Bridal Veil Falls State Park
Another legacy from the past can be experienced at the 1926-era Bridal Veil Lodge across from Bridal Veil Falls State Park. This establishment is the only lodging from the heyday of the Columbia River Highway still operating (at least until the Columbia Gorge Hotel in Hood River reopens).
Across from Bridal Veil Lodge is the waterfall for which the state park is named, reached by a trailhead at the east end of the parking lot. A short 0.7-mile round-trip hike takes you to the observation platform at the base of this voluminous gushing bi-level cascade.
Bridal Veil Falls State Park is also the western trailhead for the 33.5-mile Gorge Trail 400. Between here and Wyeth, this largely level trail takes in the Gorge’s highest waterfalls as well as newly opened sections of the old Columbia River Highway that are closed to vehicular traffic.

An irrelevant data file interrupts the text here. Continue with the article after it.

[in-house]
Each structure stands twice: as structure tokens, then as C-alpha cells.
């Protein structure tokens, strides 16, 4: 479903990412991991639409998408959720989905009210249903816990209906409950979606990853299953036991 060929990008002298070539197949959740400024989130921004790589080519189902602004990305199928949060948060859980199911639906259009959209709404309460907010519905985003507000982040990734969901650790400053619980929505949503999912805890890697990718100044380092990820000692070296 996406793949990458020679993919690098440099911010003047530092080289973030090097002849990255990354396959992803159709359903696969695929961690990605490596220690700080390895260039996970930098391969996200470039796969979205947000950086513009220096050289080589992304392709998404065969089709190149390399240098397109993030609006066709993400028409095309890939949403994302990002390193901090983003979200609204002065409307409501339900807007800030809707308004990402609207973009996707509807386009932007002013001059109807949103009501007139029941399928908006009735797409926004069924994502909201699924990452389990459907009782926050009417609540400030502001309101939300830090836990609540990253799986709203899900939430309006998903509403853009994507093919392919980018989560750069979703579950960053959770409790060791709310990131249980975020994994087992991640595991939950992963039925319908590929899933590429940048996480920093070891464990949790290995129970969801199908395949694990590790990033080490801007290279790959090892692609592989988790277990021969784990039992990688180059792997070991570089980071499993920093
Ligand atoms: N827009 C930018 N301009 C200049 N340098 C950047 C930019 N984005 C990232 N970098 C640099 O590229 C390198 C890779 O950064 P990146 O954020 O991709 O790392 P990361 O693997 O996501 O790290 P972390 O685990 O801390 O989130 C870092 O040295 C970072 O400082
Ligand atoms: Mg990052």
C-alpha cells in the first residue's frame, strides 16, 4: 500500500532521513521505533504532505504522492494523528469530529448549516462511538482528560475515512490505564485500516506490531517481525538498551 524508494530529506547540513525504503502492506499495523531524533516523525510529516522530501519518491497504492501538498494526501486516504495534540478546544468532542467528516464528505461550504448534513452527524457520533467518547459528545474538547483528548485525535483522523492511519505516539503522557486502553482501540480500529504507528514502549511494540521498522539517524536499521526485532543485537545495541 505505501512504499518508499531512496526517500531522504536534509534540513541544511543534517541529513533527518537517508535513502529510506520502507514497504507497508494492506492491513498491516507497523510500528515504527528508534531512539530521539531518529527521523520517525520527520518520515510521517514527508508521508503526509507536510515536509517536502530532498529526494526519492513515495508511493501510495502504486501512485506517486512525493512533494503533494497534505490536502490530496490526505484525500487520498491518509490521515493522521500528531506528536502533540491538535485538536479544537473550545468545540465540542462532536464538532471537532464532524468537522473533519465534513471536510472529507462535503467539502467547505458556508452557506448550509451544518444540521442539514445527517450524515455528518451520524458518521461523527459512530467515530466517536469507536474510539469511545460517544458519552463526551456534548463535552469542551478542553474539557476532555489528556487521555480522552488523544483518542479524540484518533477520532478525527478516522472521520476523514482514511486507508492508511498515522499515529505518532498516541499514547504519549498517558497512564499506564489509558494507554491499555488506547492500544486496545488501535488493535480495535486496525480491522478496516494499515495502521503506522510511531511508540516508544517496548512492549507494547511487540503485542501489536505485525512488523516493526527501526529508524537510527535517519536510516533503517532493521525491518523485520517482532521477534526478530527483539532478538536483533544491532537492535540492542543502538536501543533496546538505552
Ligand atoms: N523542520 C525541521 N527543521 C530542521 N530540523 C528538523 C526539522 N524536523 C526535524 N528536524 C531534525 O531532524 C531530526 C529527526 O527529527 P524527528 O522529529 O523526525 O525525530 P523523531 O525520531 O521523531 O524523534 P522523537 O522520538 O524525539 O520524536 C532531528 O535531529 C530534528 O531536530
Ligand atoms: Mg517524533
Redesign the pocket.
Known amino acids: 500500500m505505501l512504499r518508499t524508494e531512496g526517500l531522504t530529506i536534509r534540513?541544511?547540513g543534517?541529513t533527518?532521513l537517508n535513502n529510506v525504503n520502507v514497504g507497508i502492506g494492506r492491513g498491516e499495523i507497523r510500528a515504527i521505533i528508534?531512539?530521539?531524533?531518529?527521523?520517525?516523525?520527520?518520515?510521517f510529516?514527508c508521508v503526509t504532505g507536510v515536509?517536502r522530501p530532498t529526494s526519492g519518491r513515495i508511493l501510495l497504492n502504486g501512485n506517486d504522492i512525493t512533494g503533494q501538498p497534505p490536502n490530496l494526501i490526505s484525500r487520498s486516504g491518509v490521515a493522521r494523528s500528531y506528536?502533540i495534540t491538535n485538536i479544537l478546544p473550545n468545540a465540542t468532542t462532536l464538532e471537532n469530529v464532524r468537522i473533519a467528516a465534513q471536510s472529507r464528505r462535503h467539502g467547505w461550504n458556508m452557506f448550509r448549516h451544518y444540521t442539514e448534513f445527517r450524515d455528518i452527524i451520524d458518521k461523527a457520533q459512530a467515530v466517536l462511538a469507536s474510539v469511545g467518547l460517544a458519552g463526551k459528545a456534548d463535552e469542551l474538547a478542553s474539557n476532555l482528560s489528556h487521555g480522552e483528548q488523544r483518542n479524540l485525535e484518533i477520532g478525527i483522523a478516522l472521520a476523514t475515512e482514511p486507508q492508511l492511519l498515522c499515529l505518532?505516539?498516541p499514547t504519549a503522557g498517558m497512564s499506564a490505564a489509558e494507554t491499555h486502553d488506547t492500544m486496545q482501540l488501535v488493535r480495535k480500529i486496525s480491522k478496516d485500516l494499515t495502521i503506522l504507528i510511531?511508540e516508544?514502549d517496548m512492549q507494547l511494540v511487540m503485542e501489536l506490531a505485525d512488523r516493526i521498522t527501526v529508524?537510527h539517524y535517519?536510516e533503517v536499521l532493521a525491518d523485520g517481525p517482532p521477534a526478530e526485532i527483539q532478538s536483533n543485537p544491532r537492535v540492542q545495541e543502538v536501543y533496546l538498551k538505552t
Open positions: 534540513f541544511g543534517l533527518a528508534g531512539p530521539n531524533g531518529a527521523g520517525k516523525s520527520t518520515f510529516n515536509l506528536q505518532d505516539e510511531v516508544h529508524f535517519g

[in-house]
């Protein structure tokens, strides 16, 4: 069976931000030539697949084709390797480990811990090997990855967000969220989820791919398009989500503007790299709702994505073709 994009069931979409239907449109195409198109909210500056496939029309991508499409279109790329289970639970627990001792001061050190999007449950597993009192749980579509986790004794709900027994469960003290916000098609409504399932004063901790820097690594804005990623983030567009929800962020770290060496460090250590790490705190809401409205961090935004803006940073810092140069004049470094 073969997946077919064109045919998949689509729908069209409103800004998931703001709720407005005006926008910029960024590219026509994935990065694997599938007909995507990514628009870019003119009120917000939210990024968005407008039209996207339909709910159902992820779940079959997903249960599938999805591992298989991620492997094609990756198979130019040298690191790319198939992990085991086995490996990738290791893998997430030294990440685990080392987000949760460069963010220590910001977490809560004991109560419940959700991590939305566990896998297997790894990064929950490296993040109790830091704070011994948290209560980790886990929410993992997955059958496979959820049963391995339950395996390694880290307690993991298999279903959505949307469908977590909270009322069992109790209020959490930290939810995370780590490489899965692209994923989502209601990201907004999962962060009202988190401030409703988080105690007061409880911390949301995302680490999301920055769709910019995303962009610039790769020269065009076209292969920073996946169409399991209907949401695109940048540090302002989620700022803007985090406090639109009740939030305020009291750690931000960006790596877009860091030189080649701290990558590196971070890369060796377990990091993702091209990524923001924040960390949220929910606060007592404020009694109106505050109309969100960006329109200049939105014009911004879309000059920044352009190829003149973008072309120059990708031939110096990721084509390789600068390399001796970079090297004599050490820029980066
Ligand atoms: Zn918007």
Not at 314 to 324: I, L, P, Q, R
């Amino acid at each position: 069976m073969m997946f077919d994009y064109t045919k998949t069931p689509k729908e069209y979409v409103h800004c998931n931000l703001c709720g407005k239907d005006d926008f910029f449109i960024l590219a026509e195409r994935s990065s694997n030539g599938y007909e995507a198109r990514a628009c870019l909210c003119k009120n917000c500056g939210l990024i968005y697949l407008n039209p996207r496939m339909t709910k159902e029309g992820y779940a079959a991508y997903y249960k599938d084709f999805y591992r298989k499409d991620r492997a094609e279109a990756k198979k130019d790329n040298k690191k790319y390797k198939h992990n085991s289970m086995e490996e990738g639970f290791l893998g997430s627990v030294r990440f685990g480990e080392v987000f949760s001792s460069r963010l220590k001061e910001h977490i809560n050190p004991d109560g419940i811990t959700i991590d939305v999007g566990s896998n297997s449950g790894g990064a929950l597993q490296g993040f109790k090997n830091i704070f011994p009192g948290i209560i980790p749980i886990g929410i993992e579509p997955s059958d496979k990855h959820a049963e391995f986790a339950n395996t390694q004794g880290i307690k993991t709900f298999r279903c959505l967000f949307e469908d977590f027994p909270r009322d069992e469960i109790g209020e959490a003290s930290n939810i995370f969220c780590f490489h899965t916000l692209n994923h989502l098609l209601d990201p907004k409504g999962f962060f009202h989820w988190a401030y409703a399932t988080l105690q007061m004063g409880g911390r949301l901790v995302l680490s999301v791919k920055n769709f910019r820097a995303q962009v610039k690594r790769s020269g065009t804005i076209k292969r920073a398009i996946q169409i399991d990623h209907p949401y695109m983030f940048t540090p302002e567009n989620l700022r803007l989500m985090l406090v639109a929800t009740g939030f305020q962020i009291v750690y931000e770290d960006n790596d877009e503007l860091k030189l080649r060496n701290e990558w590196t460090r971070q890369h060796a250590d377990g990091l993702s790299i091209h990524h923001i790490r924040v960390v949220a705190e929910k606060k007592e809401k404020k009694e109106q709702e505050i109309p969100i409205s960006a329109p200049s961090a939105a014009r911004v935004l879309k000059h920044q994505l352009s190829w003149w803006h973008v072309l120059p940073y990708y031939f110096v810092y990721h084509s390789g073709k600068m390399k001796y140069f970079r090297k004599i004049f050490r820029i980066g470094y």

In addition to tree-shaded picnic tables and restrooms open all year, the park features the largest camas patch in the Columbia River Gorge. Blue-flowering camas and wapato were once the leading food staples for local Native Americans. The camas bulb looks like an onion and tastes very sweet after it is slowly baked.
Leave the camas alone, out of respect for a traditional food source as well as for your own safety—camas with white flowers are poisonous, a fact that is not always established when the bulb is being harvested.
If you’re here in April, look for patches of camas along the short Overlook Trail to the Pillars of Hercules, a pair of giant basalt monoliths with I-84 and the Columbia River in the background. These formations are also called Spilyai’s children, after the Native American coyote demigod.
According to legend, Spilyai transformed his wife into Latourell Falls and his children into these volcanic formations to keep them from leaving him. Overlook Trail is about 20 yards west of the Bridal Veil Falls trailhead.
by Judy Jewell and W. C. McRae from Moon Oregon, 8th Edition, © Elizabeth & Mark Morris and Avalon Travel